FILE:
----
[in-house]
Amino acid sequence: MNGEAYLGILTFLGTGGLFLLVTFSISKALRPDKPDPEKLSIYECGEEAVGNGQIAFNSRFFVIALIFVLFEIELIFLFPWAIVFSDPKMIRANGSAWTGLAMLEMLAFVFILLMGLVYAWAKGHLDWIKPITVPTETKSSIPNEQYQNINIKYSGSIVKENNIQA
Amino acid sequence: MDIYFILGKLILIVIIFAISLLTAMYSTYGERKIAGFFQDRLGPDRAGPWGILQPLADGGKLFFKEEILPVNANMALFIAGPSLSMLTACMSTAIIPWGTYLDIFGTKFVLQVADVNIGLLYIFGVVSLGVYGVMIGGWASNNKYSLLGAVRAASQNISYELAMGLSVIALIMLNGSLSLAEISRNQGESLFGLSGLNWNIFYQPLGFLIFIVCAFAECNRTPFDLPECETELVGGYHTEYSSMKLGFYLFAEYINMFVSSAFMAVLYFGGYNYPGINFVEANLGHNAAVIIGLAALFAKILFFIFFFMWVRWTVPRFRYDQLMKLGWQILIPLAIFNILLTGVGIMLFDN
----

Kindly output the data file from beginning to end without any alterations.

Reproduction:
[in-house]
Amino acid sequence: MNGEAYLGILTFLGTGGLFLLVTFSISKALRPDKPDPEKLSIYECGEEAVGNGQIAFNSRFFVIALIFVLFEIELIFLFPWAIVFSDPKMIRANGSAWTGLAMLEMLAFVFILLMGLVYAWAKGHLDWIKPITVPTETKSSIPNEQYQNINIKYSGSIVKENNIQA
Amino acid sequence: MDIYFILGKLILIVIIFAISLLTAMYSTYGERKIAGFFQDRLGPDRAGPWGILQPLADGGKLFFKEEILPVNANMALFIAGPSLSMLTACMSTAIIPWGTYLDIFGTKFVLQVADVNIGLLYIFGVVSLGVYGVMIGGWASNNKYSLLGAVRAASQNISYELAMGLSVIALIMLNGSLSLAEISRNQGESLFGLSGLNWNIFYQPLGFLIFIVCAFAECNRTPFDLPECETELVGGYHTEYSSMKLGFYLFAEYINMFVSSAFMAVLYFGGYNYPGINFVEANLGHNAAVIIGLAALFAKILFFIFFFMWVRWTVPRFRYDQLMKLGWQILIPLAIFNILLTGVGIMLFDN